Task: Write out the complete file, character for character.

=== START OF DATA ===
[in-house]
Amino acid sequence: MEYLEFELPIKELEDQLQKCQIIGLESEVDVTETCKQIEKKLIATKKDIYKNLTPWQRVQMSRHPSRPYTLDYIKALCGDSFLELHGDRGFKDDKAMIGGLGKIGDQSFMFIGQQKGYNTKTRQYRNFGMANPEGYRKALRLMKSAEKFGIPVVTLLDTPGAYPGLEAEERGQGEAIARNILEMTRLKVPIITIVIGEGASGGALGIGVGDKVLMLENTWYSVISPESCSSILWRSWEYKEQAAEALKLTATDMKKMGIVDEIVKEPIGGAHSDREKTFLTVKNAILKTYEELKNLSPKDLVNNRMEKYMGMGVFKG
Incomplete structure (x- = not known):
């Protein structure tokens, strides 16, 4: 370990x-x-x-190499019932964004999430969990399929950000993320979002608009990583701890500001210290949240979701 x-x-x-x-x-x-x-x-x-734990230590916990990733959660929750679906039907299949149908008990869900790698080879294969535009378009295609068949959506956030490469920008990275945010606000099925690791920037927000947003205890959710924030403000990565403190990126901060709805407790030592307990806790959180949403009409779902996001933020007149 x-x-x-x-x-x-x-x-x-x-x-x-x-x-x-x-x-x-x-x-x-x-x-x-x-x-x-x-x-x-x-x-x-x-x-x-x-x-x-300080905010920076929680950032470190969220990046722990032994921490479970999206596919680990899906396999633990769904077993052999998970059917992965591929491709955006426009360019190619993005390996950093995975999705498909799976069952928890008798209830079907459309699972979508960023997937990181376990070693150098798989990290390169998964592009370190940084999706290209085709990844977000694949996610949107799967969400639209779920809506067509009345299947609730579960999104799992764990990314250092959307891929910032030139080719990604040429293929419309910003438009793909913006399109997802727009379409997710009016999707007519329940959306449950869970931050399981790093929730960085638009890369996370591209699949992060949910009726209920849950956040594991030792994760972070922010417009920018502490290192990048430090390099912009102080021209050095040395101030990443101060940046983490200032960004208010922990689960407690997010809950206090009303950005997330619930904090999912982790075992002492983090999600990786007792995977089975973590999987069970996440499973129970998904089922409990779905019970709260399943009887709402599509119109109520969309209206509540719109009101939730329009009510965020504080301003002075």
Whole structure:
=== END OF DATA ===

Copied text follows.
[in-house]
Amino acid sequence: MEYLEFELPIKELEDQLQKCQIIGLESEVDVTETCKQIEKKLIATKKDIYKNLTPWQRVQMSRHPSRPYTLDYIKALCGDSFLELHGDRGFKDDKAMIGGLGKIGDQSFMFIGQQKGYNTKTRQYRNFGMANPEGYRKALRLMKSAEKFGIPVVTLLDTPGAYPGLEAEERGQGEAIARNILEMTRLKVPIITIVIGEGASGGALGIGVGDKVLMLENTWYSVISPESCSSILWRSWEYKEQAAEALKLTATDMKKMGIVDEIVKEPIGGAHSDREKTFLTVKNAILKTYEELKNLSPKDLVNNRMEKYMGMGVFKG
Incomplete structure (x- = not known):
């Protein structure tokens, strides 16, 4: 370990x-x-x-190499019932964004999430969990399929950000993320979002608009990583701890500001210290949240979701 x-x-x-x-x-x-x-x-x-734990230590916990990733959660929750679906039907299949149908008990869900790698080879294969535009378009295609068949959506956030490469920008990275945010606000099925690791920037927000947003205890959710924030403000990565403190990126901060709805407790030592307990806790959180949403009409779902996001933020007149 x-x-x-x-x-x-x-x-x-x-x-x-x-x-x-x-x-x-x-x-x-x-x-x-x-x-x-x-x-x-x-x-x-x-x-x-x-x-x-300080905010920076929680950032470190969220990046722990032994921490479970999206596919680990899906396999633990769904077993052999998970059917992965591929491709955006426009360019190619993005390996950093995975999705498909799976069952928890008798209830079907459309699972979508960023997937990181376990070693150098798989990290390169998964592009370190940084999706290209085709990844977000694949996610949107799967969400639209779920809506067509009345299947609730579960999104799992764990990314250092959307891929910032030139080719990604040429293929419309910003438009793909913006399109997802727009379409997710009016999707007519329940959306449950869970931050399981790093929730960085638009890369996370591209699949992060949910009726209920849950956040594991030792994760972070922010417009920018502490290192990048430090390099912009102080021209050095040395101030990443101060940046983490200032960004208010922990689960407690997010809950206090009303950005997330619930904090999912982790075992002492983090999600990786007792995977089975973590999987069970996440499973129970998904089922409990779905019970709260399943009887709402599509119109109520969309209206509540719109009101939730329009009510965020504080301003002075």
Whole structure: